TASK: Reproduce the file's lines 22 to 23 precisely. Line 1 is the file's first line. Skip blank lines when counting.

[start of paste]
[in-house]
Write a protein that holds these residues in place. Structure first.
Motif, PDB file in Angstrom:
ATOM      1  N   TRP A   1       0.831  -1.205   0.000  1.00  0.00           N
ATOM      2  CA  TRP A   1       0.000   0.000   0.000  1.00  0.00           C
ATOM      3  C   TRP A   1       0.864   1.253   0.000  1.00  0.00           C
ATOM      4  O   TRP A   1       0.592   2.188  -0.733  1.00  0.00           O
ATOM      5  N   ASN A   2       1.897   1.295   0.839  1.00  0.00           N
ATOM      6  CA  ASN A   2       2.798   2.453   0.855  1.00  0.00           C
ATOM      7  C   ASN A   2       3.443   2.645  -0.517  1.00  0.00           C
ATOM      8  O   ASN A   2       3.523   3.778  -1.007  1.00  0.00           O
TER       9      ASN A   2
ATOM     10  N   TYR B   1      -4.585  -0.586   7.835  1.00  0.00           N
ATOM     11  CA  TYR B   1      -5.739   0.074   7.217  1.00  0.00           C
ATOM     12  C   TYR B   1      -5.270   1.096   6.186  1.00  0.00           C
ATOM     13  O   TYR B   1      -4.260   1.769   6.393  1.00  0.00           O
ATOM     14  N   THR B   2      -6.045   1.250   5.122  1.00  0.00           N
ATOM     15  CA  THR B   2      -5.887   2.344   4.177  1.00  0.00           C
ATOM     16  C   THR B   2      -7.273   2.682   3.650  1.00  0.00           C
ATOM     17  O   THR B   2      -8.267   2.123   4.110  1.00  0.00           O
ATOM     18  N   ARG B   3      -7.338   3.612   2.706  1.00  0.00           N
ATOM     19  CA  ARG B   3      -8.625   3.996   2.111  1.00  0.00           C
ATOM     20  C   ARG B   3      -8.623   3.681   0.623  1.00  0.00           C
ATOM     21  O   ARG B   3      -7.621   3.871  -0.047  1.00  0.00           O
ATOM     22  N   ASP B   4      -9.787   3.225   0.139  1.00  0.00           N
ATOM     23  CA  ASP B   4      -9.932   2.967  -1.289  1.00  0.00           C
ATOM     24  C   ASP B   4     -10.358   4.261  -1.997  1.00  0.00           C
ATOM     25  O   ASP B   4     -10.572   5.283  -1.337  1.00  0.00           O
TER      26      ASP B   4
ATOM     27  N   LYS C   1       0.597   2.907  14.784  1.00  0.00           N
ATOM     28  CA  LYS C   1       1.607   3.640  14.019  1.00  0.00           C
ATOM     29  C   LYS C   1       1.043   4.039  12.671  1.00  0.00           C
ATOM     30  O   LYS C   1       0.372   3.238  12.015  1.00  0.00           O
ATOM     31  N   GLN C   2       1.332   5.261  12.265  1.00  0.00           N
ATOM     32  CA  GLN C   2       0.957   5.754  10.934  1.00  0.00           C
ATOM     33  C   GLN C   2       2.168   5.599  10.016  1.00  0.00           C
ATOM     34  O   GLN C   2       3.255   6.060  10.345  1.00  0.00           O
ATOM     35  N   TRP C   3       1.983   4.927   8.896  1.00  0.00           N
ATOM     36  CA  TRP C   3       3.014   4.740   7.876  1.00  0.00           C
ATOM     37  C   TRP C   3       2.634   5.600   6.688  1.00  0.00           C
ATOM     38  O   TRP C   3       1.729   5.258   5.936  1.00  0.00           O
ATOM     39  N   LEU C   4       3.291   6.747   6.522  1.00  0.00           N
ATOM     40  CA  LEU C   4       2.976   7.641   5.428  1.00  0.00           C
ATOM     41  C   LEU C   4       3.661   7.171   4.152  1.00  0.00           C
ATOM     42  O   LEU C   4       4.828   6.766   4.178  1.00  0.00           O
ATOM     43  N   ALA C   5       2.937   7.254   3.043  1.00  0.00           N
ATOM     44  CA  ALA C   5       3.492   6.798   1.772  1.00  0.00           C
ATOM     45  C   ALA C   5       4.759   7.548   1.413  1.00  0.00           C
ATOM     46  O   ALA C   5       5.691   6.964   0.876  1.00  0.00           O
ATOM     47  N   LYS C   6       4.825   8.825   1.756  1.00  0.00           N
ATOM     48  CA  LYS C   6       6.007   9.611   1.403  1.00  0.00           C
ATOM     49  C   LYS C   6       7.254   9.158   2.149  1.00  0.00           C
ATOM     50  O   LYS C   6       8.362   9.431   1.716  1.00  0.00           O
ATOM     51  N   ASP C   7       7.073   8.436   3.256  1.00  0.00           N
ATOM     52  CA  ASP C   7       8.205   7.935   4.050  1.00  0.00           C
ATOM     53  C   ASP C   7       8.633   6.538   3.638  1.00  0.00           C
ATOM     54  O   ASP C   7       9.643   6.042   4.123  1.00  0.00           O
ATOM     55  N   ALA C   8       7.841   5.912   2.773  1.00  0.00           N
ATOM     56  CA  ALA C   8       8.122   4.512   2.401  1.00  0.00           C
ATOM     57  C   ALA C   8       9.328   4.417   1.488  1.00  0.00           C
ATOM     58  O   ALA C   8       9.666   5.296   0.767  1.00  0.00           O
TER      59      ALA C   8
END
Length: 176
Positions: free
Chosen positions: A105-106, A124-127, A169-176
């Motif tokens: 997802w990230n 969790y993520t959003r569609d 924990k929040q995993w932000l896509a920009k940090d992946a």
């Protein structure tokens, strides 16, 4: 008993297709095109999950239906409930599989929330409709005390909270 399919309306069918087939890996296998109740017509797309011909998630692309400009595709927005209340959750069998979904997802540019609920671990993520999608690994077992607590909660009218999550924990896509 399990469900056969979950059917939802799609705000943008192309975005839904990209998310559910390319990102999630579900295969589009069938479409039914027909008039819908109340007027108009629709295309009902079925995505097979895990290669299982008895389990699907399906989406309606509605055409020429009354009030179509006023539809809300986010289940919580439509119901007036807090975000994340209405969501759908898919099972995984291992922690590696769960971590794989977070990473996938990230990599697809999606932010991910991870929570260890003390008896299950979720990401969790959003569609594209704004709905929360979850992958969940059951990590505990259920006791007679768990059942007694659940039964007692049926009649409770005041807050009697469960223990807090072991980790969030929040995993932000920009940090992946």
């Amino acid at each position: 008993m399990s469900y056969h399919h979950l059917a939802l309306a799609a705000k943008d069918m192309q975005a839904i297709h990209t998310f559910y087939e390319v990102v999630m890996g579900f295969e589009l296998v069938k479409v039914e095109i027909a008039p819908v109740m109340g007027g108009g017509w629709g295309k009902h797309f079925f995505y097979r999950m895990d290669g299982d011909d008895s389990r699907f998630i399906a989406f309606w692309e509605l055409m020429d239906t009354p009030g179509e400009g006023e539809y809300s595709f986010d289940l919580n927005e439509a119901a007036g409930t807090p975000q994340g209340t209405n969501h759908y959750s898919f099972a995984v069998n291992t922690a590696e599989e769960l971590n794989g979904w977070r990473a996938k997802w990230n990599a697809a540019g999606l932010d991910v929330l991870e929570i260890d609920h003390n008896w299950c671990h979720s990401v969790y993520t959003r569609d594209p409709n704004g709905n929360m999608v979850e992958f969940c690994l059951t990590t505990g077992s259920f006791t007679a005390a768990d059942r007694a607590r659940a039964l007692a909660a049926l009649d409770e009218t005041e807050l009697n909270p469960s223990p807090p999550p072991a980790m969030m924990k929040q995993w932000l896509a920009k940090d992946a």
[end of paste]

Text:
ATOM     19  CA  ARG B   3      -8.625   3.996   2.111  1.00  0.00           C
ATOM     20  C   ARG B   3      -8.623   3.681   0.623  1.00  0.00           C